May 1, 2004
I am a Columbia undergrad with Multiple Sclerosis. You wouldn't recognize me as someone with MS, because I look just like you. I don't have a wheelchair or a cane, and I keep my diagnosis a secret (and am writing this article anonymously) in order to improve my chances of being employed after I finish school. In fact, you and I were probably similar in a lot of ways up until nine months ago, when I was diagnosed and put on a $10,000 per year designer drug that I inject every other day with the hope of slowing the progress of my condition.
I know it's not pleasant to think about what your life would be like if what happened to me had happened to you. Probably, like me, you would be very angry. Some of this anger is irrational and useless, focused on people who are just plain luckier than me. But some of it is very justified, and it has to do with research and support institutions that are not doing everything they can to find a cure.
MS is a chronic illness--that means you have it all your life--which affects the nervous system. The illness is poorly understood, but we do know that scars develop on the brain and/or spine of MS sufferers, and that the insulating material that surrounds their neurons deteriorates, making it much harder for the nervous system to move information around. Symptoms range from numbness, dizziness, and trouble concentrating to memory loss, blindness, and paralysis. About 400,000 Americans have MS; about 100,000 of them are in wheelchairs.
Being an enterprising Ivy Leaguer, I've spent a lot of time since my diagnosis familiarizing myself with the disease and the efforts to cure it. Just like you would, I want to both find the best immediate treatment for myself and make sure that real efforts are being made to cure the disease in the long-term future. However, in the course of my research, I came across a lot of defeatism among people with MS. In fact, I found a large Web community of people who had given up on the designer drugs altogether. Whether because they couldn't afford them, because they couldn't tolerate the devastating side effects, or because their symptoms just weren't affected by the drugs, these people have turned to less conventional therapies. The most common and fastest growing of these is Low Dose Naltrexone, a drug with a ton of anecdotal evidence but no scientific studies proving that it helps MS sufferers. At least 1,000 people in the U.S. alone probably use LDN, which works by stimulating the body to create more endorphins, modifying both pain reception and immune response.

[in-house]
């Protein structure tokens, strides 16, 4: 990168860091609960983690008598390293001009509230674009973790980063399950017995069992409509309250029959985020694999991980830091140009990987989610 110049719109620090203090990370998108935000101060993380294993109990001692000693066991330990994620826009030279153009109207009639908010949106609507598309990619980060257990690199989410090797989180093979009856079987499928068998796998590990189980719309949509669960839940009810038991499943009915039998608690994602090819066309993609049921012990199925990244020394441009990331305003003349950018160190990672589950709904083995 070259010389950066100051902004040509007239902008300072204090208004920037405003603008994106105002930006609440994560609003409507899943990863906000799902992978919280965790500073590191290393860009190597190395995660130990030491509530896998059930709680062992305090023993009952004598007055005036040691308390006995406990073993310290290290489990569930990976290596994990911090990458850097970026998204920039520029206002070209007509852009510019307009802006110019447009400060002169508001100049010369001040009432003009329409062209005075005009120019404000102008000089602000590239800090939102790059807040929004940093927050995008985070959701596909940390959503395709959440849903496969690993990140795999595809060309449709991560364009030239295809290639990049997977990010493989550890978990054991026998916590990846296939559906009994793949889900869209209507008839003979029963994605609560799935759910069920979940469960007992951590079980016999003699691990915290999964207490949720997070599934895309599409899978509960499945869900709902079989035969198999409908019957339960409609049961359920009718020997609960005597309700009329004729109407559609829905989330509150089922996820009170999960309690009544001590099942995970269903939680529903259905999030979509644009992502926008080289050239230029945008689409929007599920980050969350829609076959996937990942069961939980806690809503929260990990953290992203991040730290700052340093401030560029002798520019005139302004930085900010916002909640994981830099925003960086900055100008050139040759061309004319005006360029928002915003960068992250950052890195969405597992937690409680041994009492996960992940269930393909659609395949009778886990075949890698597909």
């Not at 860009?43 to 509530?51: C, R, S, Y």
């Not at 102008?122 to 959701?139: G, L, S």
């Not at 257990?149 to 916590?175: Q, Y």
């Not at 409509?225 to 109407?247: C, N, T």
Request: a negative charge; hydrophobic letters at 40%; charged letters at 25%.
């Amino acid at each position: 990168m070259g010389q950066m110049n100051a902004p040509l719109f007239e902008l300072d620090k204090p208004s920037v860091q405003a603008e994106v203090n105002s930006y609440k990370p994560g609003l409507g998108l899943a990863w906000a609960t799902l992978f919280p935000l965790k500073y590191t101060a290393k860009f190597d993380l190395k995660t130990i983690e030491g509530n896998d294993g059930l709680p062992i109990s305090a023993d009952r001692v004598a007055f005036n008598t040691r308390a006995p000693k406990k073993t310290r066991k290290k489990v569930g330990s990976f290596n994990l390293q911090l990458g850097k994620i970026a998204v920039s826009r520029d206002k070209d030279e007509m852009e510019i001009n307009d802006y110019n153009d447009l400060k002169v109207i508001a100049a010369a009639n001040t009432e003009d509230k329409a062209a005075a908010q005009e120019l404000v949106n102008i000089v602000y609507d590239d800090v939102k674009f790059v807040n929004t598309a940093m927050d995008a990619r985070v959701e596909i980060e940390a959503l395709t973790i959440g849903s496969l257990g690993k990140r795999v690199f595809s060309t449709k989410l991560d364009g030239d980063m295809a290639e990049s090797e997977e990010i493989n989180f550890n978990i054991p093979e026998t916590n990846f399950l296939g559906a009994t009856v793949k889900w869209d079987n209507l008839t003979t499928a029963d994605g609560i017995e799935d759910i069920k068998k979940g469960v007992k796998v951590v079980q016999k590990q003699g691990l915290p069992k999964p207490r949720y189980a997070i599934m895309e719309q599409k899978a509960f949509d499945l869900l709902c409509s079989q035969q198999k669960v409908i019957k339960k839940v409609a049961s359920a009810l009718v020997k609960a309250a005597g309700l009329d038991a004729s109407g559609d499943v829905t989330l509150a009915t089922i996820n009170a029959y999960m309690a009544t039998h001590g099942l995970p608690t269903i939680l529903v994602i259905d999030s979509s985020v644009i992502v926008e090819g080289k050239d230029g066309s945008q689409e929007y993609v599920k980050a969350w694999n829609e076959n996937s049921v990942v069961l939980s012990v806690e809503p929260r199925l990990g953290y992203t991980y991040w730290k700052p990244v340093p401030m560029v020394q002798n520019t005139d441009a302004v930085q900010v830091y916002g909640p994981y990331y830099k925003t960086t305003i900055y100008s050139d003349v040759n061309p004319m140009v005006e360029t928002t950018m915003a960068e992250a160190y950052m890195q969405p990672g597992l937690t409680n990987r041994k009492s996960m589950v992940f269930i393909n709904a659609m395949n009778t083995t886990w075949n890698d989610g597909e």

This piqued my curiosity. If so many people are using LDN and claiming that it works, then why isn't it being tested for FDA approval in treating MS? The answer should have been obvious: LDN can't make anyone any money. The active ingredient, Naltrexone, was developed so long ago that no one holds a patent. Generic versions of the drug can be created and sold for a few bucks a dose, like ibuprofen. If LDN were certified for MS by the FDA, pharmaceutical companies would lose millions.
This means that no pharmaceutical company would ever pay to test LDN. Fine, then, what about research institutions? Well ... no institutions are stepping forward either. Large research interests like Columbia's Medical Center also put a premium on intellectual property, and doctors there are pressured to find drugs from which they and their employers can profit. It is possible that a good-hearted doctor will eventually apply for a grant to do a study on the relationship between LDN and MS, which would probably cost between $600,000 and $3,000,000. Maybe Dr. Ian Zagon, a researcher at Penn State who has already done important work demonstrating the effectiveness of LDN in cancer treatments, will study MS next. Dr. Bernard Bihari, a New York neurologist who has prescribed LDN for both MS and AIDS, is another candidate. As of yet, no one has stepped up.
Attempts to cure MS are financially dominated by pharmaceutical companies that have no interest in unprofitable solutions. The National MS Society only funds projects that are initiated by outside researchers, and they spend just 20 percent of their funds on research. There is no large-scale institution dedicated to advocating and developing new trends of research in MS, especially when those trends don't promise to be lucrative. Luckily, the internet now provides a forum for this problem to be recognized and remedied. Through message boards and Web sites built by non-profits like the Boston Cure Project, people with MS are starting to recognize and address the shortcomings of MS research.
It's easy to make people with MS care about new approaches to finding a cure regardless of the profit model. It's much harder to convince the people who have the resources to make the cure possible, who usually do not have MS. If you've read this far, maybe by now you have some interest in finding a cure. Maybe you agree that it's not right to allow commercial economics to determine how a disease is researched and treated. Maybe you can help find a way to fix this. After all, I used to be a lot like you.
The author is an undergraduate at Columbia University.
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